CHINA’S foreign ministry on Monday said it hoped that the United States has learned ‘not to blurt things out’, following Zambia’s denial of claims by a White House official that China is about to take over its state power utility to recover debt.
Speaking in Beijing at a daily news briefing, Chinese Foreign Ministry spokeswoman Hua Chunying said this wasn’t the first time a US official had been caught out on this kind of issue, though she gave no details on that.
‘I hope the they can learn a lesson and reflect on things, and going forward not blurt things out again,’ Hua said.
US National Security Advisor John Bolton said on Thursday that China’s quest for more power in Africa was evident in nations like Zambia, where China was poised to take over utility company Zesco to collect the $6-10 billion debt.
Zambian presidential spokesman Amos Chanda told Reuters that China was not planning to take over Zesco and that the figure of between $6-10bn given by Bolton was wrong.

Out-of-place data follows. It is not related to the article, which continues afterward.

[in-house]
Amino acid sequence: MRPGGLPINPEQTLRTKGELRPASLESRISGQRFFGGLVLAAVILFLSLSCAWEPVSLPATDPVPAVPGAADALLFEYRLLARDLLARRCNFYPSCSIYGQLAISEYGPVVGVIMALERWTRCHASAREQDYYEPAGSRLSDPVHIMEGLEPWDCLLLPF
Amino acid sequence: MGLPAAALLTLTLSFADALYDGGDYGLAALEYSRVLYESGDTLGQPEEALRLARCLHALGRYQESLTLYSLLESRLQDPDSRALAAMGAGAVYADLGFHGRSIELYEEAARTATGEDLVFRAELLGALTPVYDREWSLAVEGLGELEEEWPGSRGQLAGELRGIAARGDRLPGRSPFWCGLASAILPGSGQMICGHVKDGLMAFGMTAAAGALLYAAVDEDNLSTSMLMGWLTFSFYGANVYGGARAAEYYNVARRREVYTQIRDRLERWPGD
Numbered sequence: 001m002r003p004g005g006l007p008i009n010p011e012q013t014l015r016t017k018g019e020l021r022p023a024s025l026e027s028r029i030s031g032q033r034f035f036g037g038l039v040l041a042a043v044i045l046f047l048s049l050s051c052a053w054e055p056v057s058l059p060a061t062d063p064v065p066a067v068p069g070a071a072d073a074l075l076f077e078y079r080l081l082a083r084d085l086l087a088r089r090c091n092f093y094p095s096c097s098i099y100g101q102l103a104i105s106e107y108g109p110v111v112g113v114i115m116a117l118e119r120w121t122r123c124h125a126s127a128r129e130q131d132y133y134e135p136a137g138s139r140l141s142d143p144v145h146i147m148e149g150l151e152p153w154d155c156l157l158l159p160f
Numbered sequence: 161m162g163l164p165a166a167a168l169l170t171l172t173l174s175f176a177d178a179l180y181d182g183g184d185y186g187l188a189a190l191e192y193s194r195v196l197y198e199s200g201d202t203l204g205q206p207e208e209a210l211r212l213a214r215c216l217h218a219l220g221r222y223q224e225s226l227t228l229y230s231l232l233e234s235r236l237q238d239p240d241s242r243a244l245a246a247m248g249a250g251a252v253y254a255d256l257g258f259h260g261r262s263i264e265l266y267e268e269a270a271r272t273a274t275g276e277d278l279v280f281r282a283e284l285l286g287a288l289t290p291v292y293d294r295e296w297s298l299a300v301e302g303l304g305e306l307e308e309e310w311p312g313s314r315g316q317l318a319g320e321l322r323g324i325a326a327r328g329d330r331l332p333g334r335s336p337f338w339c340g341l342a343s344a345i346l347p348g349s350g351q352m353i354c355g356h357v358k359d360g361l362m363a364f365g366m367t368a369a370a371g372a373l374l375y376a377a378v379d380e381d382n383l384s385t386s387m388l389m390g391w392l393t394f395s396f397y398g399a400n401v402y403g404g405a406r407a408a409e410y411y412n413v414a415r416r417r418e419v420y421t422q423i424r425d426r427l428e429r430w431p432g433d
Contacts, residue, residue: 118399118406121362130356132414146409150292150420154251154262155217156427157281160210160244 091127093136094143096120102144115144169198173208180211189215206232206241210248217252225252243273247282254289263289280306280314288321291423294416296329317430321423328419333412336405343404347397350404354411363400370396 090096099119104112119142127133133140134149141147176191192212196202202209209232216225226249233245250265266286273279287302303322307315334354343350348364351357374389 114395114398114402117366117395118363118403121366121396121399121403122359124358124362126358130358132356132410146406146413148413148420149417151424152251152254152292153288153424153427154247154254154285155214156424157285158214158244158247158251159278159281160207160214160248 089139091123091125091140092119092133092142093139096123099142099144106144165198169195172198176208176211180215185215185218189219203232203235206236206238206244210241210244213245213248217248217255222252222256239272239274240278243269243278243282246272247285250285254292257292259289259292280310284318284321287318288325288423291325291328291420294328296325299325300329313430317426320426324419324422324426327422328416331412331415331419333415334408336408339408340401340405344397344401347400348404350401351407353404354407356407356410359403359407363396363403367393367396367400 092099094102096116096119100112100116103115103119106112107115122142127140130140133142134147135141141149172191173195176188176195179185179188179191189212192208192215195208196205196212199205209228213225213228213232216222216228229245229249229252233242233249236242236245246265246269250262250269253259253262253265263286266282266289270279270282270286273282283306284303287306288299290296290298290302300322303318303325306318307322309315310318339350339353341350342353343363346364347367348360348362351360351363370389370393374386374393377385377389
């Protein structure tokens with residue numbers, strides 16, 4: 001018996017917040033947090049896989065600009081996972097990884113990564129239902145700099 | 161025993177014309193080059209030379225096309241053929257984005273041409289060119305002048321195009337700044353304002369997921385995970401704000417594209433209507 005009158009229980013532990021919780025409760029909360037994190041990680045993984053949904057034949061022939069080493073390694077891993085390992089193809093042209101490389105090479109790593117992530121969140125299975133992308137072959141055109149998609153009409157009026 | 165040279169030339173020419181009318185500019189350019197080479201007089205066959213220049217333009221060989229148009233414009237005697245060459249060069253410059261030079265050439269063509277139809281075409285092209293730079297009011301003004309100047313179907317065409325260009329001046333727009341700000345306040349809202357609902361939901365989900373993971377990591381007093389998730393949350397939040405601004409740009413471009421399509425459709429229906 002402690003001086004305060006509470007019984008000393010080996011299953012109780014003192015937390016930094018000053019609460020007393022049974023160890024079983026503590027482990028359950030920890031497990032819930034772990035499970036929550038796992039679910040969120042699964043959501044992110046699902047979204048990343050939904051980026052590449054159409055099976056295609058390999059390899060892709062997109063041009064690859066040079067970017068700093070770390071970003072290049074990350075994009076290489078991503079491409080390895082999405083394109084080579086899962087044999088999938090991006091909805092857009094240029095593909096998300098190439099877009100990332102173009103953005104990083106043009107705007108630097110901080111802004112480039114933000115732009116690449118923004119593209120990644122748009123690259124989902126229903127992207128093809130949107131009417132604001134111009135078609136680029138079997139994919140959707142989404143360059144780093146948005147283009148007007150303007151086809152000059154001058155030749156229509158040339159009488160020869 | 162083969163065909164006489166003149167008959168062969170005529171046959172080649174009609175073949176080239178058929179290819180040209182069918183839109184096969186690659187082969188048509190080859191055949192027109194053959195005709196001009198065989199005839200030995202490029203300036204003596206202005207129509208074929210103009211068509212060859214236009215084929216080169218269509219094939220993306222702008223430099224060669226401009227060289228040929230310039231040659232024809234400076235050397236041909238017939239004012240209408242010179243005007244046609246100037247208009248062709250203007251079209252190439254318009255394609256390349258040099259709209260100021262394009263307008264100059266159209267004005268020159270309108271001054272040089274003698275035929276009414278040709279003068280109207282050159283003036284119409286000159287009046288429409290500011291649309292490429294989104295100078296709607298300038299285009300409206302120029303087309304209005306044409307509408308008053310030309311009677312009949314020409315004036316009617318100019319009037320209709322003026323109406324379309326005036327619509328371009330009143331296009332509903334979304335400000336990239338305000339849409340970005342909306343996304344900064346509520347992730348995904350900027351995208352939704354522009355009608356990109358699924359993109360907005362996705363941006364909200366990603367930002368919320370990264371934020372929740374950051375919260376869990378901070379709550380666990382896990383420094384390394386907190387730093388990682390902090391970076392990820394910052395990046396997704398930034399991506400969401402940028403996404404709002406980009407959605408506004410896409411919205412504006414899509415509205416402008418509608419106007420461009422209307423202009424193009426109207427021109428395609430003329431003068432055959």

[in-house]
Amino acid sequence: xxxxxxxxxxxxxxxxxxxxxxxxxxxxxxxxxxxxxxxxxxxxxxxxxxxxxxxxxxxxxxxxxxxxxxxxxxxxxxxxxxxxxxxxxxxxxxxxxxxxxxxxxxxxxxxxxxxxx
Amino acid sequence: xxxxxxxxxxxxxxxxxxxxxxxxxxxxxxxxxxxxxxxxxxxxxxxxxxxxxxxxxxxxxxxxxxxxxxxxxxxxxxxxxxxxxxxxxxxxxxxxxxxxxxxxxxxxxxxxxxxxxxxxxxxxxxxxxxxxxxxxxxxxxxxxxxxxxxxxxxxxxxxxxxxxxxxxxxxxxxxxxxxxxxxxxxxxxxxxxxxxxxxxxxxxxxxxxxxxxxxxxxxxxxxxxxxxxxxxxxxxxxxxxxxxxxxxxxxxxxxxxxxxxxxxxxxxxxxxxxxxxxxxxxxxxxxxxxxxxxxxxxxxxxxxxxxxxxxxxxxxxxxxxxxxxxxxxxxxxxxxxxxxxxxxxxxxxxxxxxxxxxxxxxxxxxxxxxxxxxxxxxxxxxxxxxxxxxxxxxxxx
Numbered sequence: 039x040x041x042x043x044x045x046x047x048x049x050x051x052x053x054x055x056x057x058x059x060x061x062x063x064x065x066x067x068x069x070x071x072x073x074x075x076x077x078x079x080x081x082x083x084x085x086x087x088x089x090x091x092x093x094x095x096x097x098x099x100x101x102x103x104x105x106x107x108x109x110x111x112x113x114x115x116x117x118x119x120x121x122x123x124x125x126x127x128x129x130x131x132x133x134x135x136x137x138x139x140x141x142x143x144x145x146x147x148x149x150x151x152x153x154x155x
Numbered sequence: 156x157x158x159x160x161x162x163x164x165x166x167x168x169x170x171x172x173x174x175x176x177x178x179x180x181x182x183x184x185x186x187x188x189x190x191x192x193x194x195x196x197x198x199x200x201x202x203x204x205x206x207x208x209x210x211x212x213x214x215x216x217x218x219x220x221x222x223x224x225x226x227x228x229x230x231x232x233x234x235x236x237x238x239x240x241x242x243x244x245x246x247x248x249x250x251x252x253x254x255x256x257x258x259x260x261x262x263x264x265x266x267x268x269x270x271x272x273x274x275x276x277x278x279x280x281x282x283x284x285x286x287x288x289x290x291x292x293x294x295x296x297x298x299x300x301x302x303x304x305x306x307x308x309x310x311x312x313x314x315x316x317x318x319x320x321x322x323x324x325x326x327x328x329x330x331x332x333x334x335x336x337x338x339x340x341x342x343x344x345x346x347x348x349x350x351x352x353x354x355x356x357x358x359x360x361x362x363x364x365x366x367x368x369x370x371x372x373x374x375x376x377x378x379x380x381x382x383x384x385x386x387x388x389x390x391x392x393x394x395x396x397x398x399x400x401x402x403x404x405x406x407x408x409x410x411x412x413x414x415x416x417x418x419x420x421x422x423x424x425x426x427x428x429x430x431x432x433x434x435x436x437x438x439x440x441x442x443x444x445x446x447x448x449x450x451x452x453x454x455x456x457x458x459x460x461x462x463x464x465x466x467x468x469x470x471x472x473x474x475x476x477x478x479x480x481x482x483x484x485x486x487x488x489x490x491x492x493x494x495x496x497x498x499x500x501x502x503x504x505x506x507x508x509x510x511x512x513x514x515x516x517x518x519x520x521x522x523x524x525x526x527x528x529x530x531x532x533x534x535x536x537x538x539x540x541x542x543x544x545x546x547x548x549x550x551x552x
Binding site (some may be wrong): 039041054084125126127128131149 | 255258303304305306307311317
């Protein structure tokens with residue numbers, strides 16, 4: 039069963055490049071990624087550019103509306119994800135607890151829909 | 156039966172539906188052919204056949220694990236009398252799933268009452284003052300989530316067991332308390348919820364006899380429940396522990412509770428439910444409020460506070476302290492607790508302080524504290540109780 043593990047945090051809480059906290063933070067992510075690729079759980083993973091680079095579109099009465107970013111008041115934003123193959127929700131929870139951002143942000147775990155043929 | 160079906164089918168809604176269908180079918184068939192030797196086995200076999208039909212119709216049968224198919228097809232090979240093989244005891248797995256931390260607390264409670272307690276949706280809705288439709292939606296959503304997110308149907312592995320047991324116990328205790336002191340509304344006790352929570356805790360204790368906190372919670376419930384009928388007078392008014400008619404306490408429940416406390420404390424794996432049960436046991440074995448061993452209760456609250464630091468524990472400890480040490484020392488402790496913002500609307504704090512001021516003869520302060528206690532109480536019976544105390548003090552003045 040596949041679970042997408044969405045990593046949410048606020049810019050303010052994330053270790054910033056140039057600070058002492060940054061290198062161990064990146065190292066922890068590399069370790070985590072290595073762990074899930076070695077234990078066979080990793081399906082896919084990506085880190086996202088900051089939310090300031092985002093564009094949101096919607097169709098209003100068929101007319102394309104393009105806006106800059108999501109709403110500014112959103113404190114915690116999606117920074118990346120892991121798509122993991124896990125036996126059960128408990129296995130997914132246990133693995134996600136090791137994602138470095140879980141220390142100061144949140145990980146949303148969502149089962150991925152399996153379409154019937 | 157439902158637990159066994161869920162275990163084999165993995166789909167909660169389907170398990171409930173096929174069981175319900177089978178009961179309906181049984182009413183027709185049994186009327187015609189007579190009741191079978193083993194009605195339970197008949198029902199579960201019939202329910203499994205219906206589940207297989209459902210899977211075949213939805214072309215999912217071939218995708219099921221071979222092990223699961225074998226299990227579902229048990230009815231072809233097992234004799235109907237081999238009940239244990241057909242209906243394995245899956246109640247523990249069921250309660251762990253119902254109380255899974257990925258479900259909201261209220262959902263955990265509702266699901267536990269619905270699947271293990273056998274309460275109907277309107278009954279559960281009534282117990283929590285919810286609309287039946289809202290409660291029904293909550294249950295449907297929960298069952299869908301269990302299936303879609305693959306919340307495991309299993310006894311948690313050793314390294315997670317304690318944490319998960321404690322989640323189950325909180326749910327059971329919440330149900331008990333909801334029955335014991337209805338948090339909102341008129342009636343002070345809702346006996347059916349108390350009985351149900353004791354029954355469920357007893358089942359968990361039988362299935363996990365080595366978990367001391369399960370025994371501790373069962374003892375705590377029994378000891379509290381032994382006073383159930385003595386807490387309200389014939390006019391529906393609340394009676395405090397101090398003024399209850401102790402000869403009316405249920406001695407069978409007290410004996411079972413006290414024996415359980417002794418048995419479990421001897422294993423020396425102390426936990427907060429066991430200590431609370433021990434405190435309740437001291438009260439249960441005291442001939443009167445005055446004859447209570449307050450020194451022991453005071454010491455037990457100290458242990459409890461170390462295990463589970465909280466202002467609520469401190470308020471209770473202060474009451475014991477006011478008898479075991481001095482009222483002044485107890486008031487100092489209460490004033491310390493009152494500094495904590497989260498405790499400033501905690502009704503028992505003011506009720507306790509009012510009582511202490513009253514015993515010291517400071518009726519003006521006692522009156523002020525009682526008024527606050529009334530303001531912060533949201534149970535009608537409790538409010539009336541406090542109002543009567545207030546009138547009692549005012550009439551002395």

Zambia’s total external debt was now $9.7bn including $3.1bn owed to China, he said adding, ‘It is regrettable that such information can come from such a high-ranking official. In fact, Zesco is not within the scheme of Zambia’s debt to China.’
Chanda said Zambia valued its relations with both China and the US and would not deal with either of them exclusively.
In June, Zambia decided to delay all planned borrowing indefinitely, slowing down the accumulation of new debt amid worries about the risk of debt distress.
President Edgar Lungu said last month Zambia is committed to improving the transparency of its debt management and will ensure that debt levels remain sustainable.
The IMF rejected Zambia’s borrowing plans in February, saying they risked making its debt load harder to sustain.
Finance minister Margaret Mwanakatwe also said last month the government plans to send a delegation to China by the end of this year to discuss Zambia’s debt and debt restructuring.